How Women in STEM Can Use Emotional Intelligence to Succeed

May 20, 2021

It’s no secret that women often struggle to succeed in STEM fields. 

Not only are women less likely to enter STEM fields, but once they enter, they face challenges that often wear them down and push them out. In fact, the Center for Talent Innovation found that 52% of highly qualified women working in these fields leave their jobs.

This happens because these male-dominated industries are often hostile and unwelcoming to female employees. This can cause women who would otherwise seek leadership roles to remain meek and timid, not speak up, and not lend their voices to discussions in the workplace.

Luckily, this trend is changing and there are more supports for women in STEM fields than ever before. 

By investing in developing your emotional intelligence, you can build your confidence, authority, and leadership skills in order to succeed. 

Use these strategies as your first steps:

Claim Credit for your Ideas

In STEM fields, ideas that spark innovation are what set exceptional colleagues apart from one another, yet 82% of women in STEM say their contributions are ignored.

According to reporting, women in these fields state that they are frequently talked-over, ignored, or even robbed of their ideas when a male colleague takes credit. Unfortunately, since women are often conditioned not to “rock the boat” they allow the incident to pass without comment.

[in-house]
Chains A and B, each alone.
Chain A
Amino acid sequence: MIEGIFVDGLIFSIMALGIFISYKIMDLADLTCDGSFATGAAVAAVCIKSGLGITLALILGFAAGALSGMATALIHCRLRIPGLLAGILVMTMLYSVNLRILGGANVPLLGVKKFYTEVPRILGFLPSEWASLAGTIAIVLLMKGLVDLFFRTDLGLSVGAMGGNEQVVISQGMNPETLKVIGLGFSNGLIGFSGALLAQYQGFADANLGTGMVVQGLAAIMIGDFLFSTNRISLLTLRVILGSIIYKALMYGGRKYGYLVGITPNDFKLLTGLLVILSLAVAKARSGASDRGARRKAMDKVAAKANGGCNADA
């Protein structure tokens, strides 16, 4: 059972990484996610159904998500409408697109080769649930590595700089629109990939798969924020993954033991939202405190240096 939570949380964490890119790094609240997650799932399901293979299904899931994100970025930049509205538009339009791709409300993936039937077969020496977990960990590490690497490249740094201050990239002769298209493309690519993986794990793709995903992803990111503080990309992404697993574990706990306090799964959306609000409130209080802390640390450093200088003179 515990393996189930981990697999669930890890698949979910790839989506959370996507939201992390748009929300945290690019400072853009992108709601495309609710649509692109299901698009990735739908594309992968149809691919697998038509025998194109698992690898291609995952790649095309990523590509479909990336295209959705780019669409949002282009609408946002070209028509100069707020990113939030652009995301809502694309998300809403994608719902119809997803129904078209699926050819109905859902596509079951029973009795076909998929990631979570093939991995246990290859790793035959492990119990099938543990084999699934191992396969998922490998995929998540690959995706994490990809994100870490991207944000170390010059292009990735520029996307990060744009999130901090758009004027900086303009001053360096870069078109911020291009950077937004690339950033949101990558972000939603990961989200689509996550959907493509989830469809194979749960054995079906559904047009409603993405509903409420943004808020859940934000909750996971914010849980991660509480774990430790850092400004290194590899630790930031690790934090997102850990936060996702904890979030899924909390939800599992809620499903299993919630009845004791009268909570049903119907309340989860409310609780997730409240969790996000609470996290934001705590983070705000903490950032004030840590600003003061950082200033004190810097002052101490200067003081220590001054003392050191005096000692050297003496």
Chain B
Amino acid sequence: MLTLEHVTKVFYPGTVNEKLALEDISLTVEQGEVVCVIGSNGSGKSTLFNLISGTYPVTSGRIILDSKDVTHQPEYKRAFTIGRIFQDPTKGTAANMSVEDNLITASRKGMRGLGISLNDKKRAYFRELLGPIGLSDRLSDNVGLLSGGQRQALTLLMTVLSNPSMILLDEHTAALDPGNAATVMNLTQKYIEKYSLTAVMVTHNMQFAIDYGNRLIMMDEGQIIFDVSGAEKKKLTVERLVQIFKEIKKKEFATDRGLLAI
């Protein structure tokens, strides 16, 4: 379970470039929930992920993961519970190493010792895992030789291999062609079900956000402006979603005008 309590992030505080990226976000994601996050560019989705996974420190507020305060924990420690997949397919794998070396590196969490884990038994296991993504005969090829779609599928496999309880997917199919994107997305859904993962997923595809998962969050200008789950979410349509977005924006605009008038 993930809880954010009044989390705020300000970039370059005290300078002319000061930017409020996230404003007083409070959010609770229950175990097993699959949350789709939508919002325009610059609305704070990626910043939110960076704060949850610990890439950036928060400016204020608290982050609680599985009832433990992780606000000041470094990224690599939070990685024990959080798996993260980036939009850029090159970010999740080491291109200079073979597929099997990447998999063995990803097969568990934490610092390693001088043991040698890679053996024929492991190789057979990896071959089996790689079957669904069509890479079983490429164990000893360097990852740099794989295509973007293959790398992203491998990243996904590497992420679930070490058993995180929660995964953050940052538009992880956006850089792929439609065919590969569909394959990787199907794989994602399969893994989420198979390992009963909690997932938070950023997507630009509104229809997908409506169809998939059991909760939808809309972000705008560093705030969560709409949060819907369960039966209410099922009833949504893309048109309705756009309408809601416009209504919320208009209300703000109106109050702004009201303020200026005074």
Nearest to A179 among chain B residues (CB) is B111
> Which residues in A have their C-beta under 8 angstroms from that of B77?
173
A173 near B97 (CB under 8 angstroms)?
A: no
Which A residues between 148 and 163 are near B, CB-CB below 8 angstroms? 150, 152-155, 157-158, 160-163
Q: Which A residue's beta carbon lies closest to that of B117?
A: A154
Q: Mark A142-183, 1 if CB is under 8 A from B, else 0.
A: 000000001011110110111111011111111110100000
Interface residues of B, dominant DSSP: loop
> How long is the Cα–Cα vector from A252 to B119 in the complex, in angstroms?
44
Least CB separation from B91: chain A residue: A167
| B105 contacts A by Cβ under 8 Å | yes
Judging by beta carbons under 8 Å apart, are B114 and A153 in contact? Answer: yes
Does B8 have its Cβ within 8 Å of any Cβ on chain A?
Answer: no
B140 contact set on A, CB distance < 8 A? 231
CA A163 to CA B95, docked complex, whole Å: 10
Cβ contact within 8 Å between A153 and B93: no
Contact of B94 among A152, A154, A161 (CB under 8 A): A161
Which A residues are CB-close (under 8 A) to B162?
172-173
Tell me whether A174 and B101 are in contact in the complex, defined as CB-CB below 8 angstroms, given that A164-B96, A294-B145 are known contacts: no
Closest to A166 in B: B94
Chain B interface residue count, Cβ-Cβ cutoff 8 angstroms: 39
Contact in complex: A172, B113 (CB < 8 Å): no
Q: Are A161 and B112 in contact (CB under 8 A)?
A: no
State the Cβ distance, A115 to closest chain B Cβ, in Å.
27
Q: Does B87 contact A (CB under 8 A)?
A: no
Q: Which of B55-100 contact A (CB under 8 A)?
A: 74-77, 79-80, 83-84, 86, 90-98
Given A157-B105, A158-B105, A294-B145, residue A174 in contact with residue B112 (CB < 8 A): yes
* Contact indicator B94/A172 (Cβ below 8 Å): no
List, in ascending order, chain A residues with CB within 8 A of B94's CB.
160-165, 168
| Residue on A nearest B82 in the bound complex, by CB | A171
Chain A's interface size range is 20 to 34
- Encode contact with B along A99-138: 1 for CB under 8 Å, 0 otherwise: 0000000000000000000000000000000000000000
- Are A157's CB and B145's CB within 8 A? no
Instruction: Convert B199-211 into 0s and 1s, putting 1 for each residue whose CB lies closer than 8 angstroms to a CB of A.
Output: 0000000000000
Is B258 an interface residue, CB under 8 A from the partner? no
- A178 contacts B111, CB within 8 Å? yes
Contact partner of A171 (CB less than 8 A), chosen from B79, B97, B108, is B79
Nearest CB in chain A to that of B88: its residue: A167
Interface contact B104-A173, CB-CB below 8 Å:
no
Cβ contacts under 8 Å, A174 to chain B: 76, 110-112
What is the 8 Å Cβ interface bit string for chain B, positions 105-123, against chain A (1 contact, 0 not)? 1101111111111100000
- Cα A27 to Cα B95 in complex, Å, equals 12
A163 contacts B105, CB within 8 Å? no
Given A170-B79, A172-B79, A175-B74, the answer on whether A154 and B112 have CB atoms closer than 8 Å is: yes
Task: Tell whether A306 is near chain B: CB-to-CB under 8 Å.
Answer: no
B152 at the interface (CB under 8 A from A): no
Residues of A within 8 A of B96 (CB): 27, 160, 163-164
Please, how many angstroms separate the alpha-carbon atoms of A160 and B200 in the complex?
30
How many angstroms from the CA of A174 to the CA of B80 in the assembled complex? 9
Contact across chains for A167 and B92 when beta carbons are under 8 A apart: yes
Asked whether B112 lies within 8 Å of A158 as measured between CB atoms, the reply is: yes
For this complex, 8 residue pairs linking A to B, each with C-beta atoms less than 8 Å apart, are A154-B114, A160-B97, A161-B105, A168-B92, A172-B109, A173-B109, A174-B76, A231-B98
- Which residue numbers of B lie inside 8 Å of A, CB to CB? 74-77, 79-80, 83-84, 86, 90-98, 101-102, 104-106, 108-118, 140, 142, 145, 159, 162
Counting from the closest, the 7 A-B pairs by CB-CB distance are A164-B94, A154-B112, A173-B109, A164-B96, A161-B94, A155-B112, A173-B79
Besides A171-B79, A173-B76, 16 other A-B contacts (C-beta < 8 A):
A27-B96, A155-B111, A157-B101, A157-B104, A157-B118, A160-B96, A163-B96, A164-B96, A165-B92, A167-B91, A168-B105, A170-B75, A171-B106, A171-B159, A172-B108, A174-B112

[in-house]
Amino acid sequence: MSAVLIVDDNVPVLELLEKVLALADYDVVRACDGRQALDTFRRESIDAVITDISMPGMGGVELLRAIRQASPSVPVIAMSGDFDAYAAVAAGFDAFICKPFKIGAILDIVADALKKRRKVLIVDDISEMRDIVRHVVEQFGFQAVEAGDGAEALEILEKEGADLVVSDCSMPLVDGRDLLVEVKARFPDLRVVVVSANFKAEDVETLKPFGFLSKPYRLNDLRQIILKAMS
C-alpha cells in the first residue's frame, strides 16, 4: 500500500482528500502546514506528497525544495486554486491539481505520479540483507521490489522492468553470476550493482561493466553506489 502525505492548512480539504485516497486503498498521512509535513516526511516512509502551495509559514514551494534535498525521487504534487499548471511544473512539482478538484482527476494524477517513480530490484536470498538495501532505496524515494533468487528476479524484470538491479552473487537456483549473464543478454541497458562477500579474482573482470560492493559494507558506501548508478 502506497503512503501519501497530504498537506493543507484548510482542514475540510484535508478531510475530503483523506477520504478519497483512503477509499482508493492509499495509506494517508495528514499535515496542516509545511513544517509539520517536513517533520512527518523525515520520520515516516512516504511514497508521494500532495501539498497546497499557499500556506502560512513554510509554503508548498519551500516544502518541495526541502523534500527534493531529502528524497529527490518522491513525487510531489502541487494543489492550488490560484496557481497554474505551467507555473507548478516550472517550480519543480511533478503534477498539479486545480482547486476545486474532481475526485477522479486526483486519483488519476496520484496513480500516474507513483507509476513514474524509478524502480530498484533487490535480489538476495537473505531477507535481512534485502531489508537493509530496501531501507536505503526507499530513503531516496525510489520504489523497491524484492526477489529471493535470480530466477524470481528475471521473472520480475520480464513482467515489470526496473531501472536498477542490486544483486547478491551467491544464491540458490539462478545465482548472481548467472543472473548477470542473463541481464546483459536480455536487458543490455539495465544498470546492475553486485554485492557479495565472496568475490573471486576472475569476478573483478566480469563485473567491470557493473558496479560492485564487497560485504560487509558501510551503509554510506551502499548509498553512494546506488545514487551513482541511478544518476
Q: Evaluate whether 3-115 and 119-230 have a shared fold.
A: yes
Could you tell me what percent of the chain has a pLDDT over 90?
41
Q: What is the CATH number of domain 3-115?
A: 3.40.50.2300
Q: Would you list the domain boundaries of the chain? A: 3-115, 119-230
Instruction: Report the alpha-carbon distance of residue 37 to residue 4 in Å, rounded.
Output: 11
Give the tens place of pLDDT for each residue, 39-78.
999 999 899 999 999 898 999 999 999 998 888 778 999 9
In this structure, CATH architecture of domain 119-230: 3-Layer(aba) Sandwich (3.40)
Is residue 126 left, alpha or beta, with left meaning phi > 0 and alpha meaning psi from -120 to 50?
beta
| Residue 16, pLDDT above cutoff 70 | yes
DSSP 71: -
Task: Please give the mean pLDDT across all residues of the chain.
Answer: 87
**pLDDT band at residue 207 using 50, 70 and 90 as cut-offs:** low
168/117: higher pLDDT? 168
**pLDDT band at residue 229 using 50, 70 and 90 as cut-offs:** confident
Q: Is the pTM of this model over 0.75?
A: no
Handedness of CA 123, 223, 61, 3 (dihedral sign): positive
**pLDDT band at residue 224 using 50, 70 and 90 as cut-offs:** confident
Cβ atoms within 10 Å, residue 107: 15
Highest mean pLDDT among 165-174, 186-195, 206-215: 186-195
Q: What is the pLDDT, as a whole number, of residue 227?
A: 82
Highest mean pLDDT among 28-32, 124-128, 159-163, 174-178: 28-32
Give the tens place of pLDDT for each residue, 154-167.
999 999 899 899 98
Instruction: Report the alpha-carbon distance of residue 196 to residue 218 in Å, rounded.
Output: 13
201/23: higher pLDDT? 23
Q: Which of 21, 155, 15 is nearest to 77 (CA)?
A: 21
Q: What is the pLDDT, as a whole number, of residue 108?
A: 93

However, women who are successful in STEM fields are more likely to speak up when they’ve been overlooked. If you’re unsure how to handle the situation, try this approach:

If someone repeats your idea as if it’s their own, reengage and say: “I’m glad you agree with the idea I shared earlier. Let me share some additional thoughts on the topic.”

Addressing that you presented the idea initially in a non confrontational way reduces conflict, and by adding additional thoughts you strengthen your own argument while allowing the conversation to move forward.

Be Your Authentic Self

Women often feel that the need to go above and beyond to fit in at work, but women who achieve success in STEM fields are more likely to be their true selves while at work.

In fact, 78% of successful women in STEM fields report that being authentic at work contributes to their success.

But how can you remain authentic to yourself while also navigating a male-dominated work environment? Here’s an example and a suggestion:

Let’s say that you manage an all-male team and you’re advised to take a “tougher” more masculine approach to managing them,

However, if being “tough” feels inauthentic, you can respond by emphasizing communication and teamwork instead of acting aggressively and creating situations where colleagues need to compete for your approval.

By “leaning into” a more authentic and collaborative model of leadership, you can build a reputation as a leader who builds healthy and supportive relationships with team members.

Learn how EQ can help you get ahead by ordering a copy of our book “Emotional Intelligence: Your Foundation for Success

Exude Confidence